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MAS A380 KUL-LHR in Near Mid-Air Collision with Kuwait Airways Jet Over Pakistan

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ETIHAD-EMIRATES NEAR-MISS: CONTROLLERS LEFT POSTS FOR BREAKFAST
By Aditya Anand, Mumbai Mirror | Apr 4, 2015, 01.05 AM IST
An internal probe into the March 29 near-miss between an Emirates flight and an Etihad jet in Mumbai airspace has found four air traffic controllers at fault and revealed that a critical surveillance system, which showed the two aircraft flying towards each other, was left unmanned.

A series of missteps by the controllers effectively stacked the two aircraft in such a manner that they were aligned on a collision course, the inquiry has revealed. Only one of the controllers has been taken off his roster. The other three remain on duty.
"The first ATC gave the Emirates flight a direct routing - allowing the flight a shortcut - as requested by the pilot. This officer then left for breakfast without changing the flight level and updating the system. The second controller who took over also went for breakfast. The third controller who took charge did not know about the direct routing allowed for Emirates, and permitted the Etihad flight to take the same shortcut, putting the two planes on a collision course," a senior officer in the ministry of civil aviation told Mumbai Mirror.

The fourth controller was meant to monitor the Automatic Dependent Surveillance (ADS) system, which parses data from the airplane's on-board navigation and global positioning systems data, assisting controllers in determining the aircraft's spatial and temporal location. This ATC left his station unattended, causing the error committed by his three colleagues to go unnoticed.
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Kuwaiti, Malaysian Airlines planes in near collision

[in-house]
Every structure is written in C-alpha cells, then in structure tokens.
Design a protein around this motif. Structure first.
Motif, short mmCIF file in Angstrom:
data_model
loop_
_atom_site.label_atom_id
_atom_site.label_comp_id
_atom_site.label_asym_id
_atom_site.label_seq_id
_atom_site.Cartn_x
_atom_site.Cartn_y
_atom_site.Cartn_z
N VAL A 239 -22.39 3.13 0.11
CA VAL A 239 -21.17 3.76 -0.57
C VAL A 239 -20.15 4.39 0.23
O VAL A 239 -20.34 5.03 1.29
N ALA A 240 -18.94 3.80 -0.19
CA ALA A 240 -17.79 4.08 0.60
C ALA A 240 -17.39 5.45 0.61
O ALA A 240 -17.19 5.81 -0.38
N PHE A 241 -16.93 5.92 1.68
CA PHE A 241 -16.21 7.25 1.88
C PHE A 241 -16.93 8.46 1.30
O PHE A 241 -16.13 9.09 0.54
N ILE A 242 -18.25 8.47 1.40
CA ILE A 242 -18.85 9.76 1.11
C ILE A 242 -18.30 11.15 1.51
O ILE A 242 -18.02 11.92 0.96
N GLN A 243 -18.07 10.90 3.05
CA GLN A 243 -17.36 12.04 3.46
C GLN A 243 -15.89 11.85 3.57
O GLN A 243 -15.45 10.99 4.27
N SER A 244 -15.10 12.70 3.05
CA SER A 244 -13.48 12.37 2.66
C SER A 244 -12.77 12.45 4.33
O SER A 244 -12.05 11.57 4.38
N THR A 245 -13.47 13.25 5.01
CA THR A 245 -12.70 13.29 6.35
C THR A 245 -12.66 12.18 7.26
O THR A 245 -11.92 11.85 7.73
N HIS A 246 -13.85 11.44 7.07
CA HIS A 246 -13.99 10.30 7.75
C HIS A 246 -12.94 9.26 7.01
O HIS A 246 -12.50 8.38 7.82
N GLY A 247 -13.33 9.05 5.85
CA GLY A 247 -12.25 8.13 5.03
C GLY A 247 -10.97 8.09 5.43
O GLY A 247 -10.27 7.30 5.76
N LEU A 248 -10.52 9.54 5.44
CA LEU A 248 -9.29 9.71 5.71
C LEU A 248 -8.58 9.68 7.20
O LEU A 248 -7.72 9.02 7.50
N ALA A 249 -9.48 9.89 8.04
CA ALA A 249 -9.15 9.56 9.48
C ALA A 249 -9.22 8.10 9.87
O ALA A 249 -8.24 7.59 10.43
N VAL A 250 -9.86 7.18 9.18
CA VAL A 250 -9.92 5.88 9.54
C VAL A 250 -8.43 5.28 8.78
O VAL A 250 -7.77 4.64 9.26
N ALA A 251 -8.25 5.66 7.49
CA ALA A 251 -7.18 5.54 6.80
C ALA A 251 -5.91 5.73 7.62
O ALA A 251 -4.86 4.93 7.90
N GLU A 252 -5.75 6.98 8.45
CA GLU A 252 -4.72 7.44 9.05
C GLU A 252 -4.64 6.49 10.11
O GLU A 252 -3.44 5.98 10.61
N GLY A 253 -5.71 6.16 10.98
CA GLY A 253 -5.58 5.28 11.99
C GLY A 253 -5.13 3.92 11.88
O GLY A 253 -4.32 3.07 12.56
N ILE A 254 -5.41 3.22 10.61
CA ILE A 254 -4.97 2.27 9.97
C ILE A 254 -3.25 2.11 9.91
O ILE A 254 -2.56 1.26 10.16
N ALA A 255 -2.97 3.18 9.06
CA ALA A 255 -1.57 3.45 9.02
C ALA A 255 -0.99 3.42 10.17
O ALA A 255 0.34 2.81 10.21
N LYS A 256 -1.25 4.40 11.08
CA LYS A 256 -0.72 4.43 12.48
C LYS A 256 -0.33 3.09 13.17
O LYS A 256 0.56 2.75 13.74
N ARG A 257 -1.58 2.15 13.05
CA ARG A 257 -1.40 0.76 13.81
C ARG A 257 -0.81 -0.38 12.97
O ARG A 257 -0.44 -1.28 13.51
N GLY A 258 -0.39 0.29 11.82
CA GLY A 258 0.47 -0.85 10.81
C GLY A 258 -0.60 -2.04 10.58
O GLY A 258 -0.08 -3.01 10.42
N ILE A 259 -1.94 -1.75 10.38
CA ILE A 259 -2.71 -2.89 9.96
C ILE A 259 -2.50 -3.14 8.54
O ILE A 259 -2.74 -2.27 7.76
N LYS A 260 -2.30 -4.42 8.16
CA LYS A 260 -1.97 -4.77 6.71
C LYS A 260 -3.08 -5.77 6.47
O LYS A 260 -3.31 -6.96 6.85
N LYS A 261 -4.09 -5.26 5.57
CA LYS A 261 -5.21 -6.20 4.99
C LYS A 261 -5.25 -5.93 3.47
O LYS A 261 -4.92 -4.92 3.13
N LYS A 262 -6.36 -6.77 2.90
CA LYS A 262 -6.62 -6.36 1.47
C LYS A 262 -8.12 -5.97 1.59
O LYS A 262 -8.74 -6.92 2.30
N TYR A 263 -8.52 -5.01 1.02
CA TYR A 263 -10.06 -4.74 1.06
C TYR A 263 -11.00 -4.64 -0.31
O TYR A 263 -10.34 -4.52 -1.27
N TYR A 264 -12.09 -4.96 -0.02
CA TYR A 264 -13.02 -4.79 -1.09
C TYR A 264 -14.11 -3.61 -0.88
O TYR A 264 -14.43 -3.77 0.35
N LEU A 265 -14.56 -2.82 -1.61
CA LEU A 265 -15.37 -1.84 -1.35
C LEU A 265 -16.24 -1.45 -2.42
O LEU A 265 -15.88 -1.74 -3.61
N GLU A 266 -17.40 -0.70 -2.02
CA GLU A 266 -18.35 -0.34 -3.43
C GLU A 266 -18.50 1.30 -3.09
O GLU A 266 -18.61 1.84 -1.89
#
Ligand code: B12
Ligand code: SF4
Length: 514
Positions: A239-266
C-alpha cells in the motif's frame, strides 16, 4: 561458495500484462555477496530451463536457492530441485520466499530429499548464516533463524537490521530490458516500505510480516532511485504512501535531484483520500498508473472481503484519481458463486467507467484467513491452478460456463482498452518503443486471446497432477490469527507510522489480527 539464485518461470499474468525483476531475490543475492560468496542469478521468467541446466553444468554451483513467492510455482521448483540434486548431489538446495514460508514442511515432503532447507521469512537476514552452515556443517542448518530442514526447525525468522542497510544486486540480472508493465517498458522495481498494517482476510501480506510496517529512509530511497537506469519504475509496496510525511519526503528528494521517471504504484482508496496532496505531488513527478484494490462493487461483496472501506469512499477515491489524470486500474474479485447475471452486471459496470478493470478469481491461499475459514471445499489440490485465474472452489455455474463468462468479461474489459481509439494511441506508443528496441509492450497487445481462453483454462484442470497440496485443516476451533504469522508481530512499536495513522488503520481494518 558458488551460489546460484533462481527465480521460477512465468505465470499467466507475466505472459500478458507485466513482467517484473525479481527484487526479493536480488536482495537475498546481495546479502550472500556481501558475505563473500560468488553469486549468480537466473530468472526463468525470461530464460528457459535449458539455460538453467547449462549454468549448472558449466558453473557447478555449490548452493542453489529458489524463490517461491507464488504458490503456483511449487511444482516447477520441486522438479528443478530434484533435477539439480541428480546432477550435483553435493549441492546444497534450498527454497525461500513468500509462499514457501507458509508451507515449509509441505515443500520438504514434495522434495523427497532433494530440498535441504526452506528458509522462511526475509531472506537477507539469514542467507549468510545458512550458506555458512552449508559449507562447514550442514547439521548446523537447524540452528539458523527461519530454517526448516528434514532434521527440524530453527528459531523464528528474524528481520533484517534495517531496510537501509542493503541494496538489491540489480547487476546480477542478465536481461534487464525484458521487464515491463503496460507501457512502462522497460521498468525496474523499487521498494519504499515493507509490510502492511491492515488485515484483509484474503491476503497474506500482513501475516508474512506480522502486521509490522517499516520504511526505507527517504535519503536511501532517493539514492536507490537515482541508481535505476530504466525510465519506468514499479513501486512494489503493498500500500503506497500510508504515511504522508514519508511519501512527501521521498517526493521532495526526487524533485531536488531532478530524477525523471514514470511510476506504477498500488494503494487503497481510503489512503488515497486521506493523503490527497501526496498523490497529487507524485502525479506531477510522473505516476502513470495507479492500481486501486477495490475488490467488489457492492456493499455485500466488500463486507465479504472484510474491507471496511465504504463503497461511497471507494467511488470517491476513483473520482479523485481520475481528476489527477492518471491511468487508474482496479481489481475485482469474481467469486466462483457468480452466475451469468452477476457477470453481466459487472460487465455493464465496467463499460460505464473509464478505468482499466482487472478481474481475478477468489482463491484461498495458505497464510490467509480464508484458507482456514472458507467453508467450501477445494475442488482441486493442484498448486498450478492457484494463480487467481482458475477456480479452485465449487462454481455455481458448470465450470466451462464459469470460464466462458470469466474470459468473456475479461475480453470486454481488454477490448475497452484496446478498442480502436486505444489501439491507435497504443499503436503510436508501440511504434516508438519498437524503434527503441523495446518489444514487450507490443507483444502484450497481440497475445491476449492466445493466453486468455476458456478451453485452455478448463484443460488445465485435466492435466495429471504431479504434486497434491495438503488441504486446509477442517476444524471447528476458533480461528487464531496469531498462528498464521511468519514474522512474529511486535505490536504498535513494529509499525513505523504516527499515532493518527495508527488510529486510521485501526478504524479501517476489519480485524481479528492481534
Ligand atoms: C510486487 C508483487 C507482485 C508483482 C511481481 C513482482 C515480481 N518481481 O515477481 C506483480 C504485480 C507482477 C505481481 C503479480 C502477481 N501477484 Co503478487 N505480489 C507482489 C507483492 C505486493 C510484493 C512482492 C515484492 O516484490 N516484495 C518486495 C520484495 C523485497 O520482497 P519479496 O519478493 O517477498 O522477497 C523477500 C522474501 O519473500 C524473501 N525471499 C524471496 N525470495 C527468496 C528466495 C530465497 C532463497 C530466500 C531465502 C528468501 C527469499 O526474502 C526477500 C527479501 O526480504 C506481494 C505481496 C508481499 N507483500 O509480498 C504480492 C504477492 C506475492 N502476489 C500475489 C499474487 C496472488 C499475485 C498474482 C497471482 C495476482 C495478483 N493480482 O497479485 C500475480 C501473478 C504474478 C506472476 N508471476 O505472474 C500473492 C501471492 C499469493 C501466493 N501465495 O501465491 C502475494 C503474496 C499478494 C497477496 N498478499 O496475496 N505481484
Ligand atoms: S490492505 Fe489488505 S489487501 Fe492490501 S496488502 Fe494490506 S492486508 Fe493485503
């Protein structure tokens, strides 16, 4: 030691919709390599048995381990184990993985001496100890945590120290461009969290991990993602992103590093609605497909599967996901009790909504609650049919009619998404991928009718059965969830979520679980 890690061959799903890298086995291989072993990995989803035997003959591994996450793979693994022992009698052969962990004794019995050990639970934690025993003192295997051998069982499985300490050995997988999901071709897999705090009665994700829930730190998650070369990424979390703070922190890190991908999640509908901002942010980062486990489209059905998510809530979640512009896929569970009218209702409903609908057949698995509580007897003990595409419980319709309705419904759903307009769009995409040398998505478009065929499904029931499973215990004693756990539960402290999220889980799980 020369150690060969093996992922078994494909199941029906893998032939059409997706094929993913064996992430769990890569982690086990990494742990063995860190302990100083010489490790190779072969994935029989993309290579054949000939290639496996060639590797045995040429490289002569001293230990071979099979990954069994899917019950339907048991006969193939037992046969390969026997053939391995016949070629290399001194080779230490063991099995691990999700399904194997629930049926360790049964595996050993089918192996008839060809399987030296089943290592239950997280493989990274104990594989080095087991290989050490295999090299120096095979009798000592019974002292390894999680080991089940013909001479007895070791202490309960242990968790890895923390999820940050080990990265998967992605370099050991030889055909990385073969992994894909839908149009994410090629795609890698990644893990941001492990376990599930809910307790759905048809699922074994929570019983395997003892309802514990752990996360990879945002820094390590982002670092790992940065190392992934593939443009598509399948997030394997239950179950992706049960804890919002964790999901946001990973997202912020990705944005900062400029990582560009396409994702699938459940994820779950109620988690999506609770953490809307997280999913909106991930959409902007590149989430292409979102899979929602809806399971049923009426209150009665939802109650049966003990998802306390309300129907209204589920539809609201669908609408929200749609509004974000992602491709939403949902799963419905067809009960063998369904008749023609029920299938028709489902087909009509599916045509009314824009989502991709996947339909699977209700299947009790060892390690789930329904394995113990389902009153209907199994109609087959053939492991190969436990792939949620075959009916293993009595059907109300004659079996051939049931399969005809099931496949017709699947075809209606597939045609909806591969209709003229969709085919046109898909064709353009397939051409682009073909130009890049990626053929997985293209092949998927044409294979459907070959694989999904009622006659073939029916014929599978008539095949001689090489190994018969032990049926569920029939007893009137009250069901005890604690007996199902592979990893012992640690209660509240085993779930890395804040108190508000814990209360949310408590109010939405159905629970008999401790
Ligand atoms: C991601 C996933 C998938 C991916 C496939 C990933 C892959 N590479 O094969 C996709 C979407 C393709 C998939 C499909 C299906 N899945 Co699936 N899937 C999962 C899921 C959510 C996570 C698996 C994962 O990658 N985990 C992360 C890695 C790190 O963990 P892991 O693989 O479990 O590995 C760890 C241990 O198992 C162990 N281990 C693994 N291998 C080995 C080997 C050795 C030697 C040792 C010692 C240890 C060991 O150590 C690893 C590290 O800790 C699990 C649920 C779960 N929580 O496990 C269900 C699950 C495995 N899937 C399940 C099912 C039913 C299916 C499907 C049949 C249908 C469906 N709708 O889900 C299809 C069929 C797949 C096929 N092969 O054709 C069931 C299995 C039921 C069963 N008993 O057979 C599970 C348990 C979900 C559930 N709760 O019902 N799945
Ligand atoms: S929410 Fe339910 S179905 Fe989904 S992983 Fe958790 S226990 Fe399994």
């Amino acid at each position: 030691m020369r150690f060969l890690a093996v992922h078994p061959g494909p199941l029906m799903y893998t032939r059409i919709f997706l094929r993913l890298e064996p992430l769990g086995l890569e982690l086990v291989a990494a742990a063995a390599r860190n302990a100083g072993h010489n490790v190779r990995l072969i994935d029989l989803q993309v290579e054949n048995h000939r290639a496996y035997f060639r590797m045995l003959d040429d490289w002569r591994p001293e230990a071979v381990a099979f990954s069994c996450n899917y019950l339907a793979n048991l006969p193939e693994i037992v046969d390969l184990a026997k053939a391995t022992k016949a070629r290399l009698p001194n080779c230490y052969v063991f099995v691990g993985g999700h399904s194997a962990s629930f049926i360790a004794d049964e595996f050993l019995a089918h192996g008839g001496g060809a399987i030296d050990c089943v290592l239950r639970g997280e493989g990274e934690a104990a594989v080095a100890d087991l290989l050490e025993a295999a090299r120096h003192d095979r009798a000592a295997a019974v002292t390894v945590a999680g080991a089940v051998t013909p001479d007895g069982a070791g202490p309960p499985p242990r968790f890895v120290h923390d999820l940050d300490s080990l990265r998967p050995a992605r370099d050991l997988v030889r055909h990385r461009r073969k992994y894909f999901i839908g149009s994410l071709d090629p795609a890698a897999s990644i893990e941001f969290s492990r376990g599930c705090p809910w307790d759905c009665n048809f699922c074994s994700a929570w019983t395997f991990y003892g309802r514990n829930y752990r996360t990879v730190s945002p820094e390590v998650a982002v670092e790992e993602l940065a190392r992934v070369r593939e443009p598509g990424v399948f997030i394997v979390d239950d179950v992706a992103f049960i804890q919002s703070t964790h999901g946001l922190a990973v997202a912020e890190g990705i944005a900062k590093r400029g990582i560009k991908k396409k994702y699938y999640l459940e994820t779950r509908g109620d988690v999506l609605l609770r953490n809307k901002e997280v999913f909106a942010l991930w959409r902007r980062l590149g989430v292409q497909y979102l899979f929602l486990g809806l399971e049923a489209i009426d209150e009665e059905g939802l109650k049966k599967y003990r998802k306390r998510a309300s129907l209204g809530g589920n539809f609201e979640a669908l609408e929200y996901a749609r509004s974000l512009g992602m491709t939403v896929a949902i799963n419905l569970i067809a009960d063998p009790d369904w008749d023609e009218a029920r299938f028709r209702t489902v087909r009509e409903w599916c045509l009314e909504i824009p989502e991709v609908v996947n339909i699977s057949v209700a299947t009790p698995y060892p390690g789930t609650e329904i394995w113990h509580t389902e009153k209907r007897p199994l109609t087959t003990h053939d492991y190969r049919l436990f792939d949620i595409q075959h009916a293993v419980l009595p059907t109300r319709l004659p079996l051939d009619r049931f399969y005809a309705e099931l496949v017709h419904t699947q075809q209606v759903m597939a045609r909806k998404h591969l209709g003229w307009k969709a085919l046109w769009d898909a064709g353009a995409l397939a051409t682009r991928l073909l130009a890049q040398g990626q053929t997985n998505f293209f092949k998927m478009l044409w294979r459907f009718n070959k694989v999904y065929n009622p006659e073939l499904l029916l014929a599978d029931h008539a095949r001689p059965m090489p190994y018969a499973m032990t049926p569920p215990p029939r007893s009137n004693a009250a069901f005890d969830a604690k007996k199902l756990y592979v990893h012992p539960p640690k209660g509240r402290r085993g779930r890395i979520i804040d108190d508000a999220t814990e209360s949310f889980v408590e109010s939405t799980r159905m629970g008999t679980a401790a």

By Courtney Trenwith

  • Monday, 6 April 2015 10:16 AM

A Kuwait Airways plane was involved in a near collision over Pakistan on Sunday, according to the Saudi Press Agency.

The Kuwaiti aircraft was travelling to Islamabad when it narrowly missed a Malaysian Airlines plane heading to London, officials from Pakistan’s Civil Aviation Authority reportedly said.

The incident occurred over the Zhob district of Baluchistan in southwestern Pakistan due to weak air traffic control radar signals, the authority said.

Kuwait Airways did not comment on the incident.

The near-miss follows a similar incident between Emirates and Etihad aircraft over the Indian Ocean on March 29.

Emirates flight EK-706 was flying to its base in Dubai from Seychelles, while Etihad flight EY-622 was enroute to Seychelles from Abu Dhabi.

The UAE airlines were operating to Seychelles using Mumbai and Muscat airspace due to the closure of Yemeni airspace in the wake of the ongoing conflict in the region.

Indian civil aviation authorities are investigating the incident.


Dear MH, please revise the routing IMMEDIATELY and avoid this blind spot over Pakistan.

 

Please, no more incident! Aren't we tired?

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Where then should MH route their flights to Europe - across the Pacfic & Atlantic?

 

If this was a regular occurrence we'd probably hear it often. And the fact that planes nowadays are equipped with TCAS means that early awareness of an impending collision is heightened (and before you say Ueberlingen disaster, note that it's not the fault of TCAS but that of the controller ordering the Baskhirian Airlines Tupolev to IGNORE TCAS in error).

Edited by Mohd Suhaimi Fariz